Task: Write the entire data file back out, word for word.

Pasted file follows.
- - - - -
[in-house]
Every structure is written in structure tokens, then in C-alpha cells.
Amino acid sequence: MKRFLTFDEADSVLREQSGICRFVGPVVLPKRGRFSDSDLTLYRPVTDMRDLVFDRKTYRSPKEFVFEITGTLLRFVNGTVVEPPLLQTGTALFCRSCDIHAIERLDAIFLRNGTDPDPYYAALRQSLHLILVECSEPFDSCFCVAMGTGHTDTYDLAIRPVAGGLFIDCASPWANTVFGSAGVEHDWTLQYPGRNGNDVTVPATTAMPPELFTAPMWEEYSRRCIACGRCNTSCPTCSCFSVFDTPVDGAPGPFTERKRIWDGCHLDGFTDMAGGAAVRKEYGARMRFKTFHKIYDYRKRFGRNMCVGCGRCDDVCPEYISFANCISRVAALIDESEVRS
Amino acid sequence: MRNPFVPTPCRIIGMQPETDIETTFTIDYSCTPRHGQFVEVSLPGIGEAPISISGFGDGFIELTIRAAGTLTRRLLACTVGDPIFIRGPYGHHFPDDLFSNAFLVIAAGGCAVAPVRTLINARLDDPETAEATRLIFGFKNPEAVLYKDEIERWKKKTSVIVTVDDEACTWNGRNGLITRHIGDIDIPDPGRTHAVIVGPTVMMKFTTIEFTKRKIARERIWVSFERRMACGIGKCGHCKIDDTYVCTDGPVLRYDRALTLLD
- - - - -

[in-house]
Every structure is written in structure tokens, then in C-alpha cells.
Amino acid sequence: MKRFLTFDEADSVLREQSGICRFVGPVVLPKRGRFSDSDLTLYRPVTDMRDLVFDRKTYRSPKEFVFEITGTLLRFVNGTVVEPPLLQTGTALFCRSCDIHAIERLDAIFLRNGTDPDPYYAALRQSLHLILVECSEPFDSCFCVAMGTGHTDTYDLAIRPVAGGLFIDCASPWANTVFGSAGVEHDWTLQYPGRNGNDVTVPATTAMPPELFTAPMWEEYSRRCIACGRCNTSCPTCSCFSVFDTPVDGAPGPFTERKRIWDGCHLDGFTDMAGGAAVRKEYGARMRFKTFHKIYDYRKRFGRNMCVGCGRCDDVCPEYISFANCISRVAALIDESEVRS
Amino acid sequence: MRNPFVPTPCRIIGMQPETDIETTFTIDYSCTPRHGQFVEVSLPGIGEAPISISGFGDGFIELTIRAAGTLTRRLLACTVGDPIFIRGPYGHHFPDDLFSNAFLVIAAGGCAVAPVRTLINARLDDPETAEATRLIFGFKNPEAVLYKDEIERWKKKTSVIVTVDDEACTWNGRNGLITRHIGDIDIPDPGRTHAVIVGPTVMMKFTTIEFTKRKIARERIWVSFERRMACGIGKCGHCKIDDTYVCTDGPVLRYDRALTLLD